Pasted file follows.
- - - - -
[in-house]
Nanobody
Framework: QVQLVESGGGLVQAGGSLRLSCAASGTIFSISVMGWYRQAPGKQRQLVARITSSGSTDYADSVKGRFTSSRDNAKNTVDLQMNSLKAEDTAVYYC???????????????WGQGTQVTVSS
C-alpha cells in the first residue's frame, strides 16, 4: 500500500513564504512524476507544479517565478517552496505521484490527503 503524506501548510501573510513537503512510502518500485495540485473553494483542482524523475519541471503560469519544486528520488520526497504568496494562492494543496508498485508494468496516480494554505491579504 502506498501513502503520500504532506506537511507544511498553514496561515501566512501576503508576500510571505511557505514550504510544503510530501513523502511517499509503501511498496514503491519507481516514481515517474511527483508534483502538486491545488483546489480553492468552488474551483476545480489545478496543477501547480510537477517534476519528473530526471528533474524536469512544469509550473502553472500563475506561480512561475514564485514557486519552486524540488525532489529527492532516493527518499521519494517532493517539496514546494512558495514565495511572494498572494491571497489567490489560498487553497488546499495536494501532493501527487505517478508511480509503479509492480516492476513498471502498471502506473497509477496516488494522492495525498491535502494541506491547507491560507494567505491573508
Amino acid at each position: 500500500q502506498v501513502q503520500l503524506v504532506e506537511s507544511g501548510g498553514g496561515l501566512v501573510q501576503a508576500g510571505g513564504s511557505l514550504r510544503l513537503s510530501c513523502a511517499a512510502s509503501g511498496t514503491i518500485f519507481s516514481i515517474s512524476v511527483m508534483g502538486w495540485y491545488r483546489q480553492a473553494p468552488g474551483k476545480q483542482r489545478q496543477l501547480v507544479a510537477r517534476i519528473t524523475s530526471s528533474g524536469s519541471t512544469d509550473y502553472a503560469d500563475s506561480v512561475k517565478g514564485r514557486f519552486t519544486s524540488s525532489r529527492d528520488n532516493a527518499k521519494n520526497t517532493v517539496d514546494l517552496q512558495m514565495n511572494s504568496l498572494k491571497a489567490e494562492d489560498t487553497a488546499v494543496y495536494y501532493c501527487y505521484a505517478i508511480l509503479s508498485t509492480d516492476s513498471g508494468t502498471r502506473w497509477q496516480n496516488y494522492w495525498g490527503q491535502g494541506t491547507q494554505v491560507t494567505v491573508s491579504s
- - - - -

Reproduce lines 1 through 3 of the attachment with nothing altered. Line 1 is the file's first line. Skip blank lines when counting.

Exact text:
[in-house]
Nanobody
Framework: QVQLVESGGGLVQAGGSLRLSCAASGTIFSISVMGWYRQAPGKQRQLVARITSSGSTDYADSVKGRFTSSRDNAKNTVDLQMNSLKAEDTAVYYC???????????????WGQGTQVTVSS